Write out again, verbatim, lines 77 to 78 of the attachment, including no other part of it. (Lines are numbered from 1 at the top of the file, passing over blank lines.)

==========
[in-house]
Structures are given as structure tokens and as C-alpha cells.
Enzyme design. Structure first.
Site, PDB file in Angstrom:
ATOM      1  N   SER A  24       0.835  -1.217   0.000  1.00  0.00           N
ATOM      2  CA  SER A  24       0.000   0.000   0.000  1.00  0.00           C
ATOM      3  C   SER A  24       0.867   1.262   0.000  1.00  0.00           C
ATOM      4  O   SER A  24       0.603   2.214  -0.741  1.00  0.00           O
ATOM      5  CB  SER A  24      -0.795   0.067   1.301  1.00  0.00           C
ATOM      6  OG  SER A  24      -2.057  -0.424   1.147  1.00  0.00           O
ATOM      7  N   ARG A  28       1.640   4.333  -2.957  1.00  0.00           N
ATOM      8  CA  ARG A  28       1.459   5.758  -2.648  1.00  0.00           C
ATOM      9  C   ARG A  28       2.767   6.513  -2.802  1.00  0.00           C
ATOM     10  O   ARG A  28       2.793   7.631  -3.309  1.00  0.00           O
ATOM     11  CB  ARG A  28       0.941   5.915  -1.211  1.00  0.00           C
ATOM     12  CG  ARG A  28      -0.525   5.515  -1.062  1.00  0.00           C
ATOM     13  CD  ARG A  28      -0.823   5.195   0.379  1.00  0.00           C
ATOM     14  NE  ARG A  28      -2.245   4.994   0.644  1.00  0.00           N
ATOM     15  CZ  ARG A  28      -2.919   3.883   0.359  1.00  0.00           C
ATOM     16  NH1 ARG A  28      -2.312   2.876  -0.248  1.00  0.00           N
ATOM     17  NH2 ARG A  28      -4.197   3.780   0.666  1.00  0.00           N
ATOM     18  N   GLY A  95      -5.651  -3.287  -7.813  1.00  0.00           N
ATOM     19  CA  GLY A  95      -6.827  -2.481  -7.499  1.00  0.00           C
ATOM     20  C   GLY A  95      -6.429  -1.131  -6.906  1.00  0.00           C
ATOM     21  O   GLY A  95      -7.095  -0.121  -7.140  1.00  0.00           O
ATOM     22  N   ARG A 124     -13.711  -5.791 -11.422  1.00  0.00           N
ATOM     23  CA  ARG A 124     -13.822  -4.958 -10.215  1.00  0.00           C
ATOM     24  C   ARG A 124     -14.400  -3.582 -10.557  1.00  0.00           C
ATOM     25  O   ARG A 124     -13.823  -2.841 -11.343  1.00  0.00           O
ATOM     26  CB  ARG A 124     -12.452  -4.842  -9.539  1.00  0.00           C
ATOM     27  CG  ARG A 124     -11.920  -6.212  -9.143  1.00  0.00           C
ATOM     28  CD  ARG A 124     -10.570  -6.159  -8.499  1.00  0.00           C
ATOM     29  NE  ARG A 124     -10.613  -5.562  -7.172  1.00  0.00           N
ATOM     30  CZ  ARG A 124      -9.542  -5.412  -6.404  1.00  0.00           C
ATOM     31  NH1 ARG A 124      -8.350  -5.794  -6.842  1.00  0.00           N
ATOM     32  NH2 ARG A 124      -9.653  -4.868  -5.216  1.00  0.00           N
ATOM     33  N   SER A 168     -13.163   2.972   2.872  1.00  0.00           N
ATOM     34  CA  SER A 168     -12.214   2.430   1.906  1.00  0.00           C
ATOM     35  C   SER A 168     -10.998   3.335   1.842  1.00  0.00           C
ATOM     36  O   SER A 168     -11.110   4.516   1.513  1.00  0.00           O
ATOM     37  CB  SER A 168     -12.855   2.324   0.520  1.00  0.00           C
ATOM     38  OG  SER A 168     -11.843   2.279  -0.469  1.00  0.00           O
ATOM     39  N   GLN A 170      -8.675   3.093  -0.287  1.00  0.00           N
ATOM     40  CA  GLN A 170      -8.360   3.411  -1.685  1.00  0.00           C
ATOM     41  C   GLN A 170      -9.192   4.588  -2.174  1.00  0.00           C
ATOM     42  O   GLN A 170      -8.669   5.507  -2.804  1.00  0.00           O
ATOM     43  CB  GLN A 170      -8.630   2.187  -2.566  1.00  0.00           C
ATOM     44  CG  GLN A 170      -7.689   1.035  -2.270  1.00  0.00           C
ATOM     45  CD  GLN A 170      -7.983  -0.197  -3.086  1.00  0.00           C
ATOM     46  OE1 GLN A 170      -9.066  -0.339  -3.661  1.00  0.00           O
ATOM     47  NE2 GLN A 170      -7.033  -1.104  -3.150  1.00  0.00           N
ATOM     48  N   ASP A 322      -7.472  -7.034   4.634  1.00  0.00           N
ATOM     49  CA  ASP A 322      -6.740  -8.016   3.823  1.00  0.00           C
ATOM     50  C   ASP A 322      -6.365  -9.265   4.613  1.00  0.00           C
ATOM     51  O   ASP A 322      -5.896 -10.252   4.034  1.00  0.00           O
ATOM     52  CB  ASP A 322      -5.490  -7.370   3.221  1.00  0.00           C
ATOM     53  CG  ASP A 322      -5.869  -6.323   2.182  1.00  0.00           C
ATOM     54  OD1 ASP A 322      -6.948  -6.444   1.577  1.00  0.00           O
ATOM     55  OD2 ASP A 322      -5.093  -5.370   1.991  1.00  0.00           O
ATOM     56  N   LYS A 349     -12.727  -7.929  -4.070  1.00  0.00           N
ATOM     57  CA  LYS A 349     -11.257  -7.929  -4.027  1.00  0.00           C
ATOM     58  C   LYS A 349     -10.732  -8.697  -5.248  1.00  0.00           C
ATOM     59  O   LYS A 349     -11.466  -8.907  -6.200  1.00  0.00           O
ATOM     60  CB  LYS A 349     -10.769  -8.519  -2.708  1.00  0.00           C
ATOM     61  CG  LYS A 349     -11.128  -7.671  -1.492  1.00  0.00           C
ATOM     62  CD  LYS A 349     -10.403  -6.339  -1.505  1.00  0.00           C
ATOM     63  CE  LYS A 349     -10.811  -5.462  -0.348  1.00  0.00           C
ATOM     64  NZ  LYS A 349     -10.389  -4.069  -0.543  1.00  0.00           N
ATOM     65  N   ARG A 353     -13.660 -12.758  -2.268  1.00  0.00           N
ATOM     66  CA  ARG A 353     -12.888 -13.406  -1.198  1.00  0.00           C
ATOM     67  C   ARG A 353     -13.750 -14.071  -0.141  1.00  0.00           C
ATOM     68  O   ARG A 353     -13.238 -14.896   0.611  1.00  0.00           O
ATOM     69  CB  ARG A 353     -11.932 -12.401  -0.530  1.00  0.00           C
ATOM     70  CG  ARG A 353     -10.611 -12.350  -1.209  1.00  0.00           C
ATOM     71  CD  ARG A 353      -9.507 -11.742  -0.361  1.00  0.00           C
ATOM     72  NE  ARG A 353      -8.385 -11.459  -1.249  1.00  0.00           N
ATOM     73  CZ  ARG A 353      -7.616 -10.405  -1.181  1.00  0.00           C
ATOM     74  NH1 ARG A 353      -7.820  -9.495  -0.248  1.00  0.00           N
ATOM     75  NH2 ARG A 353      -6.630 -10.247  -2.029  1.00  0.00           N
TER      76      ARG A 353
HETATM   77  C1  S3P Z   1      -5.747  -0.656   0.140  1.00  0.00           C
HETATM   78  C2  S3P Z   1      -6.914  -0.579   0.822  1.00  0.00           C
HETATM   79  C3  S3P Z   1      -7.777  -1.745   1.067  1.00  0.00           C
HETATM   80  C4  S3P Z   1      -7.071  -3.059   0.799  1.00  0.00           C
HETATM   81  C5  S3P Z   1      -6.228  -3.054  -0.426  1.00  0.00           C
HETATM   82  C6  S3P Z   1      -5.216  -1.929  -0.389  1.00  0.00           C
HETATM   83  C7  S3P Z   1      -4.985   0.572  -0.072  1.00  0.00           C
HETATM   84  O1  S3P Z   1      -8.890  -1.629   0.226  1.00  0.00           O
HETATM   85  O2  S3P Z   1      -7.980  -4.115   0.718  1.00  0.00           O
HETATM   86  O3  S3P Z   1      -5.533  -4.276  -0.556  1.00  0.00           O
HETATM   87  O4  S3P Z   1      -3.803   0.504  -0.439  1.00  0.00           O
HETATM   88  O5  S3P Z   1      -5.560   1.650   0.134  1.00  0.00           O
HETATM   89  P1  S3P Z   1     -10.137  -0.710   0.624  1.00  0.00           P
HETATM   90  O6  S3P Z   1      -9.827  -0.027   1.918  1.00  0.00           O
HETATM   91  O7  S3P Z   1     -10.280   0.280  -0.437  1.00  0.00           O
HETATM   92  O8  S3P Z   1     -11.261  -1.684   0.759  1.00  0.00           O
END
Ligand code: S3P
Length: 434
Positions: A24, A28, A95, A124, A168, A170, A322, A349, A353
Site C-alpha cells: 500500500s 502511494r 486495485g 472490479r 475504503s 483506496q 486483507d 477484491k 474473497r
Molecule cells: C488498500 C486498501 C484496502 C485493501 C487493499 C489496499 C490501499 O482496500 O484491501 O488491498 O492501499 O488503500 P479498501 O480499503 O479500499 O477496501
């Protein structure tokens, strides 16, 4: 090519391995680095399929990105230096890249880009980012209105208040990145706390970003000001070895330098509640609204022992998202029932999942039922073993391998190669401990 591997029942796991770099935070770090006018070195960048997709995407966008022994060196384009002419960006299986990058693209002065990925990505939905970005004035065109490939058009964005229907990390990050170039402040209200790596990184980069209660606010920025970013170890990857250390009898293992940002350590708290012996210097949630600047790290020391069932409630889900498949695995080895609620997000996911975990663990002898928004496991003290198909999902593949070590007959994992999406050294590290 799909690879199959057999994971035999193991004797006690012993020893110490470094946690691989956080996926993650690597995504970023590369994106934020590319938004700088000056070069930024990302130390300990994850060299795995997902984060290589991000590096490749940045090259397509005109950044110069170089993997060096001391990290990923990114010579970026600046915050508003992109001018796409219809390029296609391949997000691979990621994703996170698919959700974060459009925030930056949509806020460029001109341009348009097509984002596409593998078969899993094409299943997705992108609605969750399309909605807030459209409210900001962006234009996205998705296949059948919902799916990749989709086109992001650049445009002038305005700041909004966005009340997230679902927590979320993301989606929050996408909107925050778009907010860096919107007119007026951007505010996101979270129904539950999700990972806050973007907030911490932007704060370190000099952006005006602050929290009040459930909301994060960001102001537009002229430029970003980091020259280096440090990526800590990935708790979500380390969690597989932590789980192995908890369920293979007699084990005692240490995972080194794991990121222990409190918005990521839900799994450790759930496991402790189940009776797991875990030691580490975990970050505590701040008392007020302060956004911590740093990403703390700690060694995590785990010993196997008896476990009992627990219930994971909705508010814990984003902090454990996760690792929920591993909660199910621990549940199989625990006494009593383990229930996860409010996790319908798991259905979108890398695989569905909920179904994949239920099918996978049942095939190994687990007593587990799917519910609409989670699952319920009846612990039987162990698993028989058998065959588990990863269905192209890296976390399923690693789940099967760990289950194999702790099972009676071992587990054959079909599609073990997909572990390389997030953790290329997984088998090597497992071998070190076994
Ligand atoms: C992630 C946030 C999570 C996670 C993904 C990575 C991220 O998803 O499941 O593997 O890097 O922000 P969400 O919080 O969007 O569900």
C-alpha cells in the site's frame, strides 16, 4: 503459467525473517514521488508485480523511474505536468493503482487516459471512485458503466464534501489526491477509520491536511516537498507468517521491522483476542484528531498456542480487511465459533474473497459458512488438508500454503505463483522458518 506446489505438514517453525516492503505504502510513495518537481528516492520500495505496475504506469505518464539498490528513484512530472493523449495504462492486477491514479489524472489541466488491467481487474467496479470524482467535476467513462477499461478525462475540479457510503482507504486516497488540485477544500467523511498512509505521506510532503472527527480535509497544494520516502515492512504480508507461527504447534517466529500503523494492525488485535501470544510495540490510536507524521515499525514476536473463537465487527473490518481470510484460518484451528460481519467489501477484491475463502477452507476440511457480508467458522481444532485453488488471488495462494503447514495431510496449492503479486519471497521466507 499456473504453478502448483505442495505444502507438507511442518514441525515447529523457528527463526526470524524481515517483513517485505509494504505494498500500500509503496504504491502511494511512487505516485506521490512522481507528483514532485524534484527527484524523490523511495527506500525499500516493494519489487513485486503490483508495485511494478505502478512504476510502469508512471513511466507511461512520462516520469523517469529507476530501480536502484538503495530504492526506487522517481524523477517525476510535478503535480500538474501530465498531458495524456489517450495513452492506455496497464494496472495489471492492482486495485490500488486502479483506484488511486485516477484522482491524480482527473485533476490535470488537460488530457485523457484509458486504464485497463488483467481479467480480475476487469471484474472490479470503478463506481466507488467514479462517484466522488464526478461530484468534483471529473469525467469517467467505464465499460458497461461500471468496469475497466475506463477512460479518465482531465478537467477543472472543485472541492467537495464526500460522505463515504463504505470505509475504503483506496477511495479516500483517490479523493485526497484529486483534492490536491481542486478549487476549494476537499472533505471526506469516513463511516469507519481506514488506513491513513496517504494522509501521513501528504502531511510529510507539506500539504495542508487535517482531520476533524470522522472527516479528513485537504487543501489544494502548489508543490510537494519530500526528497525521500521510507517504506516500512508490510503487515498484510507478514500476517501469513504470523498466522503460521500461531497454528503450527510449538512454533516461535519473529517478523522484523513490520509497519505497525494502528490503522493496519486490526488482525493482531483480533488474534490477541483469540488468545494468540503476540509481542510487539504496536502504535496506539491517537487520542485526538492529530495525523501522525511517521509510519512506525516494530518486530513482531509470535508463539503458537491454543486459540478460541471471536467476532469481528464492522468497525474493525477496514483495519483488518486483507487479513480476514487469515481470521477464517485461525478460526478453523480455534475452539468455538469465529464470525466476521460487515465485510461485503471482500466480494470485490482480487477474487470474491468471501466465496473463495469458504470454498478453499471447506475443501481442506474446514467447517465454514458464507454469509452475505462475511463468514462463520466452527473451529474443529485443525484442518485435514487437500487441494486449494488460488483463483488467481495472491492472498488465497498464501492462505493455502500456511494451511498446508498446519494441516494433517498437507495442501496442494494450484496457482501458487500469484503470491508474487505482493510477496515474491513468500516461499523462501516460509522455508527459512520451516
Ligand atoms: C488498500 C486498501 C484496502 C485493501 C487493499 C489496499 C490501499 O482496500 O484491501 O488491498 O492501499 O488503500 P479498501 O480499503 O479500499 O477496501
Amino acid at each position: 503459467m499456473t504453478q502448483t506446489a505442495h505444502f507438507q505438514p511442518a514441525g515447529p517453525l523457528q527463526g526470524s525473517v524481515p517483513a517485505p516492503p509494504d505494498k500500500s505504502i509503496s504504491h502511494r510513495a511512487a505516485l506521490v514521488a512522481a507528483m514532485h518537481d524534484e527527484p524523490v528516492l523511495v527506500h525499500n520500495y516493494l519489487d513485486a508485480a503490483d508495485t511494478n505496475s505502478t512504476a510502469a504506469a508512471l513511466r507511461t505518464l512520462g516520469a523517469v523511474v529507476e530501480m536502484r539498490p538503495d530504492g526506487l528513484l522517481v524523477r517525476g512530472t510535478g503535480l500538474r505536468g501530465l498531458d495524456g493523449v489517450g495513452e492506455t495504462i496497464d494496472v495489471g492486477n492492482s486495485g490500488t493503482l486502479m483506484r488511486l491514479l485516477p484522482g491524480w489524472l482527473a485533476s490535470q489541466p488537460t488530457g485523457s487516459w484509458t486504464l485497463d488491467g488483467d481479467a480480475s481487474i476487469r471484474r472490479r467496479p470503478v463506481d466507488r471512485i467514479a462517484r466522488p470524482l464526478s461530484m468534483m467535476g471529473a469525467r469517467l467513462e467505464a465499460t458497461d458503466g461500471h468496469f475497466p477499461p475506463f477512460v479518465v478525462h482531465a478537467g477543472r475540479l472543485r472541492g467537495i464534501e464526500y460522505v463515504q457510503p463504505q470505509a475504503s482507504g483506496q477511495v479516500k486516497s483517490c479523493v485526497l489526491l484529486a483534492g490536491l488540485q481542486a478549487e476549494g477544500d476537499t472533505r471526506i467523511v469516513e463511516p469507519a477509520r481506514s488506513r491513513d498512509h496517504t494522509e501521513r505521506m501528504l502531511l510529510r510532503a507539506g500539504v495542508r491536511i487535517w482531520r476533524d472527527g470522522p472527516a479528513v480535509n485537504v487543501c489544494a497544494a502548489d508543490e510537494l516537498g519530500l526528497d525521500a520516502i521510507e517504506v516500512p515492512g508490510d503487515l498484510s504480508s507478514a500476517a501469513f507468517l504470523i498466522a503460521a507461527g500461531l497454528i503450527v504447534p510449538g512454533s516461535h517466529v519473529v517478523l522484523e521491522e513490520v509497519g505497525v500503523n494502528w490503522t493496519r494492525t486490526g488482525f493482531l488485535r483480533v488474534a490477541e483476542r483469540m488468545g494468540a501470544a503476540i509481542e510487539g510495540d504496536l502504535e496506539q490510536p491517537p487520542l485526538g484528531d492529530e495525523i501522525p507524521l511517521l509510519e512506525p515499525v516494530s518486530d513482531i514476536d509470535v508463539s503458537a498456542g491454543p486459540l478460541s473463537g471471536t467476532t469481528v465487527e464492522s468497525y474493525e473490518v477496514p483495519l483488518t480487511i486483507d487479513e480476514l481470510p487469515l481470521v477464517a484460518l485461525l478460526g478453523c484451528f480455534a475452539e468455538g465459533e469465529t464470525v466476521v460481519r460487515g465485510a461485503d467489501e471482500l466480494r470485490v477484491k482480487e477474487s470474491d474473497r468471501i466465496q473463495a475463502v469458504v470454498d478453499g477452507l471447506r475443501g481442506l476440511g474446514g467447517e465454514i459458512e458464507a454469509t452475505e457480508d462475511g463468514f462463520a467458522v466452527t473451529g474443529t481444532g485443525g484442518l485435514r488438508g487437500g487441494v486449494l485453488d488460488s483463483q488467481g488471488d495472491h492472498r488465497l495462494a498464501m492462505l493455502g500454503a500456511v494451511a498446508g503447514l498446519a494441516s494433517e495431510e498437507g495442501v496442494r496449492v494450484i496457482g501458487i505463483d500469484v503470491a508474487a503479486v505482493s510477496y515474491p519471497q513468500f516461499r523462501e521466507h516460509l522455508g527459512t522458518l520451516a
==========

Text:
ATOM     73  CZ  ARG A 353      -7.616 -10.405  -1.181  1.00  0.00           C
ATOM     74  NH1 ARG A 353      -7.820  -9.495  -0.248  1.00  0.00           N